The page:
However, now, while African leaders recognize and consider internal displacement both as a political and humanitarian challenge, the translation of international and regional commitments into lasting solutions at the local and national level remains a problem. This is where greater emphasis is needed and where stronger bilateral diplomacy needs to come in. Statements of intent need to go beyond meetings and events. While convening summits, conferences and other high-level engagements at the regional and international levels can help create momentum for action, there are limits to what they can deliver.  Bilateral dialogue can draw attention to specific needs and protection concerns, provide contextualized concrete recommendations on how responses could be improved, and provide support through legal and technical guidance.

Displacement diplomacy at the international and regional level is critical, but the national level is where the fulcrum of power for change currently lies. Nothing will change unless work is done in-country with the relevant stakeholders. Regional and international actors need to go beyond multilateral engagement and make displacement a priority on the agenda of their bilateral political, economic and social dialogues with national level stakeholders. Bilateral relationships with governments of impacted countries need to be better leveraged to press for the protection of IDPs and the resolution of their displacement.

2. Address disincentives to political will 

Dialogue at the national level on internal displacement tends to be sensitive and politically contentious. Many States feel more comfortable speaking about refugee situations, in particular regarding refugees they might be hosting, but will draw the line when it comes to the realities of internal displacement, especially in the context of armed conflict or other situations of violence. Some States resent any perceived infringement on their sovereign right to respond to domestic political and security situations. Others are reluctant to admit to internal displacement, conflating this with an admission of armed conflict or violence that could harm the image of the government. Internal displacement issues are often swept under the rug, with IDPs treated in the same manner as other habitual residents without consideration of their specific needs.  Some governments do not regard IDPs as citizens in need of protection and might even consider them to be foreigners, migrants or ‘the enemy’, their hardships illegitimate. The variances between afflicted populations and their governments contributes to the growing figures and insufficient progress made.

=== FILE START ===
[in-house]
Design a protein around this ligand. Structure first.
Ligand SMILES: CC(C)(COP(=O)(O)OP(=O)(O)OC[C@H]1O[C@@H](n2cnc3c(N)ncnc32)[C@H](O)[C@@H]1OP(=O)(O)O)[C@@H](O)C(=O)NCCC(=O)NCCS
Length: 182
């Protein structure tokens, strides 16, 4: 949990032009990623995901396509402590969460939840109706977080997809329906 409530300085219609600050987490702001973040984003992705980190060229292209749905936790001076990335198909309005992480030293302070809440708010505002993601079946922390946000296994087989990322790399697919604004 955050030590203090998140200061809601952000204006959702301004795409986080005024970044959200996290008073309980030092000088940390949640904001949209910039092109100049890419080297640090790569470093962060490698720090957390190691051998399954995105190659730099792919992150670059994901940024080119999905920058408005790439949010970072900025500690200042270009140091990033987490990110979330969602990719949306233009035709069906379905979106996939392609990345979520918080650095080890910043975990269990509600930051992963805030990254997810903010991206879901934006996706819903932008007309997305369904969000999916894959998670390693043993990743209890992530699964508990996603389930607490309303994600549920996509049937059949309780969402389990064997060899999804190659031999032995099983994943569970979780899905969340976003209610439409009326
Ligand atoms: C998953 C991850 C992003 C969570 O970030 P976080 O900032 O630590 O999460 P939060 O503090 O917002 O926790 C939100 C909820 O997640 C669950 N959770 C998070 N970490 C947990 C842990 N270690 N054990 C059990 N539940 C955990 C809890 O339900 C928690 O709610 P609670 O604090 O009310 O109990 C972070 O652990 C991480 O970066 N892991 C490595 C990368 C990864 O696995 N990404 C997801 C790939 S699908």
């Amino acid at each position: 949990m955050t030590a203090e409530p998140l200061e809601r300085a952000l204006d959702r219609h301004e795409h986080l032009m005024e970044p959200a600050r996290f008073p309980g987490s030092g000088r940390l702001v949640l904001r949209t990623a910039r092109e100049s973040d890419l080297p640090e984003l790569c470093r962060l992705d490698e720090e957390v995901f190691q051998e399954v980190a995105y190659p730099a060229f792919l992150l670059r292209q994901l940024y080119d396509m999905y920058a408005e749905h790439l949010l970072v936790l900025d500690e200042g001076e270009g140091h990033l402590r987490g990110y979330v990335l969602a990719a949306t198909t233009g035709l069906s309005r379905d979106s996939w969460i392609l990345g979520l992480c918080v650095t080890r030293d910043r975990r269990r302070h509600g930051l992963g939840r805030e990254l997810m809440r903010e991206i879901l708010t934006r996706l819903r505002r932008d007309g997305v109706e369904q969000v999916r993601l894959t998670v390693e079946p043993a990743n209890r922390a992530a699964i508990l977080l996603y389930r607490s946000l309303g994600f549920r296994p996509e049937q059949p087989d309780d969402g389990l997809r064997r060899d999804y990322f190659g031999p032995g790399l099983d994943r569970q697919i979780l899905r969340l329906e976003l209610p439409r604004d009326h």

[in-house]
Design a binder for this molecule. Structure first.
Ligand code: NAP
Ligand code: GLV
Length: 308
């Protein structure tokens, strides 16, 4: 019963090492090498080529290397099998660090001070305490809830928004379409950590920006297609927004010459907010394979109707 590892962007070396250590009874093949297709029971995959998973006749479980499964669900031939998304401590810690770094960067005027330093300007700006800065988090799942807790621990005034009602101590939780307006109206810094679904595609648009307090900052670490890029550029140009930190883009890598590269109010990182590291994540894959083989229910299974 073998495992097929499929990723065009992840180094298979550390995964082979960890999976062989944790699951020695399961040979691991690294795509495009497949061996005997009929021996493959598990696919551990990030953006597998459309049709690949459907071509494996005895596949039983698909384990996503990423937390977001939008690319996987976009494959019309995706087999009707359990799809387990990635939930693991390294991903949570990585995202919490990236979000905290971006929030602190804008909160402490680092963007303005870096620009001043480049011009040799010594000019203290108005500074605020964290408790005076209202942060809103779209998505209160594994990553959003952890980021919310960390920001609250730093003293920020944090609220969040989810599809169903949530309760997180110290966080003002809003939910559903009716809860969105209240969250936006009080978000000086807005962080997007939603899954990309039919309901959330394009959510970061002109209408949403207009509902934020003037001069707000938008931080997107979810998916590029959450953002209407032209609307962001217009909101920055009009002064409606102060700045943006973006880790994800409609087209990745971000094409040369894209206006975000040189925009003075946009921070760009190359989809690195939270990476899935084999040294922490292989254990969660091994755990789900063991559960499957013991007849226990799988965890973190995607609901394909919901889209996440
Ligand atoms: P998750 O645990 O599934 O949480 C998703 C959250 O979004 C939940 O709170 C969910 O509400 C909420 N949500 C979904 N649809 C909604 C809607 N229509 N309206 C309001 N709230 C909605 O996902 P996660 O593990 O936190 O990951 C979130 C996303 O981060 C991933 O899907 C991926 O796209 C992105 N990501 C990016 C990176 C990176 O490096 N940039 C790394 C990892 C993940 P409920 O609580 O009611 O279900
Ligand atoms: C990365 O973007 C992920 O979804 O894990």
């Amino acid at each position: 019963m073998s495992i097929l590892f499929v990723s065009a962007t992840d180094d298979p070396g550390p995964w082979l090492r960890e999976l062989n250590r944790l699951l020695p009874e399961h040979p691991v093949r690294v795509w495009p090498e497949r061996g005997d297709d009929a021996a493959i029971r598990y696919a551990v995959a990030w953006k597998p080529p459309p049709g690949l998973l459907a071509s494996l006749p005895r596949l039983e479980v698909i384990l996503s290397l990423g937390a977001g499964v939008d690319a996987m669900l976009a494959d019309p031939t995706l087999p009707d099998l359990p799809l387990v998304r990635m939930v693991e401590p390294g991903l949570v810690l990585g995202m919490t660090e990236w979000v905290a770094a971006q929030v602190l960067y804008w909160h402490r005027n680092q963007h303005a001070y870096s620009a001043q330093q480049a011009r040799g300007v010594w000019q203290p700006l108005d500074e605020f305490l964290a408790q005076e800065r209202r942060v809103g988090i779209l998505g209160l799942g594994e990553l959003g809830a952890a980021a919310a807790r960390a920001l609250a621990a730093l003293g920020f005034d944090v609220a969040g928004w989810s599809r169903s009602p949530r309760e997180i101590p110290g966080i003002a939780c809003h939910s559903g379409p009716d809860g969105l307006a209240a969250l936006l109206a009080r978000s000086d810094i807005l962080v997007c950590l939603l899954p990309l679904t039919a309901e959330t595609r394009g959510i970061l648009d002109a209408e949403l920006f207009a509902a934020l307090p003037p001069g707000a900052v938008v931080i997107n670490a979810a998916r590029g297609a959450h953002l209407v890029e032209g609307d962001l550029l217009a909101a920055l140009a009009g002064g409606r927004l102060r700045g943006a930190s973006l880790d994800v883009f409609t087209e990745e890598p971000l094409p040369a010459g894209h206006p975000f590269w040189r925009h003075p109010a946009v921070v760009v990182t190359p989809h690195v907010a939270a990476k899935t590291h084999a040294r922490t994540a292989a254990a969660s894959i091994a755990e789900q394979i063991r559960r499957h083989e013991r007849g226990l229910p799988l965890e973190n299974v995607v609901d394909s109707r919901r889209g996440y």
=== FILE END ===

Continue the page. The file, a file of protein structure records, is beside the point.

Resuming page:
While a country’s failure to pass legislation or adopt specific IDP policy measures could be interpreted as a lack of political will, this interpretation needs to be nuanced, as such failures might also be attributed to a lack of capacity, political or institutional conflicts. For effective diplomacy, it is key to distinguish between will and capacity, although both are closely connected.  Many countries facing conflict and displacement suffer from severe resource shortages, making them reluctant to commit even where there is a will. As a result, what may appear to be a lack of political will might instead be a lack of capacity. The political calculus would therefore be to shy away from prioritizing a problem when there are no means or resources with which to address it. The incentive to adopt appropriate policies and laws to frame action can be considered meaningless where means are lacking.